Bulb Wars: Fluorescent versus Incandescent
If a California assemblyman gets his way, the Golden State would be the first jurisdiction in the world to ban the sale of incandescent light bulbs in favor of replacement technologies, primarily compact fluorescent bulbs (CFLs)–although LED light bulbs, which are more energy efficient than fluorescents and lack their color-emission drawbacks, may be similarly priced in the coming years as well.
Clearly whether fluorescents are acceptable substitutes for the traditional bulb is a matter of taste: both James and Megan McArdle hate them, but Glenn Reynolds seems happy enough with his. They’ve seemed to be fine in hotel rooms where I’ve encountered them in recent years.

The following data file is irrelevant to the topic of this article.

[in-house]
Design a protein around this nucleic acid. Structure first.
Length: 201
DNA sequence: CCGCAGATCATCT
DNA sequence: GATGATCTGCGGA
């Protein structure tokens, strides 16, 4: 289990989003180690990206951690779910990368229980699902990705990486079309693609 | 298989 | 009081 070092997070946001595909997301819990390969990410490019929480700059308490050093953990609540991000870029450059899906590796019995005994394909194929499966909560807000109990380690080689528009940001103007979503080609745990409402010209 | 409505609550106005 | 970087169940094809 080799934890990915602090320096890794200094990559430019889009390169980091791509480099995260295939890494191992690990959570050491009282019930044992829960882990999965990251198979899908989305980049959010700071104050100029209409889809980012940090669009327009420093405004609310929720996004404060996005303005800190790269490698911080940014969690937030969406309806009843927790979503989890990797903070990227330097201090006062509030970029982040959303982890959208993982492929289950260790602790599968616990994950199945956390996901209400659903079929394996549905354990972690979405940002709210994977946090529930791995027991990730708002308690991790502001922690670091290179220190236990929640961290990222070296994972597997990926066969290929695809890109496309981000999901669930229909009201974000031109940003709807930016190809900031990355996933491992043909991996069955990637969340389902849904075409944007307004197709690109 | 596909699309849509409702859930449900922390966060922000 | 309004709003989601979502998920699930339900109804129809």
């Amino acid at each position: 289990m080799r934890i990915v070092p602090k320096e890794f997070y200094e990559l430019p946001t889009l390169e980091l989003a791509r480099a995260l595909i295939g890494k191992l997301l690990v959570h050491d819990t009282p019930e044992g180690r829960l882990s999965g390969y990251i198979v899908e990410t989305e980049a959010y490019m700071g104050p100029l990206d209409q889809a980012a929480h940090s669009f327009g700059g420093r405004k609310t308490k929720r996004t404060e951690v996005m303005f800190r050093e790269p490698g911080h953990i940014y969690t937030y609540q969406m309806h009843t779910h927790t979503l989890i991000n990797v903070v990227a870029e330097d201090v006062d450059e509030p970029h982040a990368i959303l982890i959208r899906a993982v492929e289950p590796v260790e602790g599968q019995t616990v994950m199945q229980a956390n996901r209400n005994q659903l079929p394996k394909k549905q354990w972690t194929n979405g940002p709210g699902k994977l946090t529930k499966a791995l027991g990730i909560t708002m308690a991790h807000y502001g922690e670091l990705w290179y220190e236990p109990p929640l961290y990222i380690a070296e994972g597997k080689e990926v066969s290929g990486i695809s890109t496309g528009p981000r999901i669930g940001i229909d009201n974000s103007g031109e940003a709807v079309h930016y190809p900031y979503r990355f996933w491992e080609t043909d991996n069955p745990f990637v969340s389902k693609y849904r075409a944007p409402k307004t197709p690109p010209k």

That digression aside, however, there’s a big difference between Wal-Mart’s decision to promote the CFL bulbs and requiring consumers to buy them. If California and other states want to deal with their energy woes in a sensible way, ensuring customers have to pay the full cost of electricity (rather than holding rates down with utility regulations) and incentivising the purchase of CFLs and LEDs–as utilities have subsidized the conversion of most of America’s traffic signals from incandescent bulbs to LEDs to save energy–would be far better approaches than an outright ban on incandescents.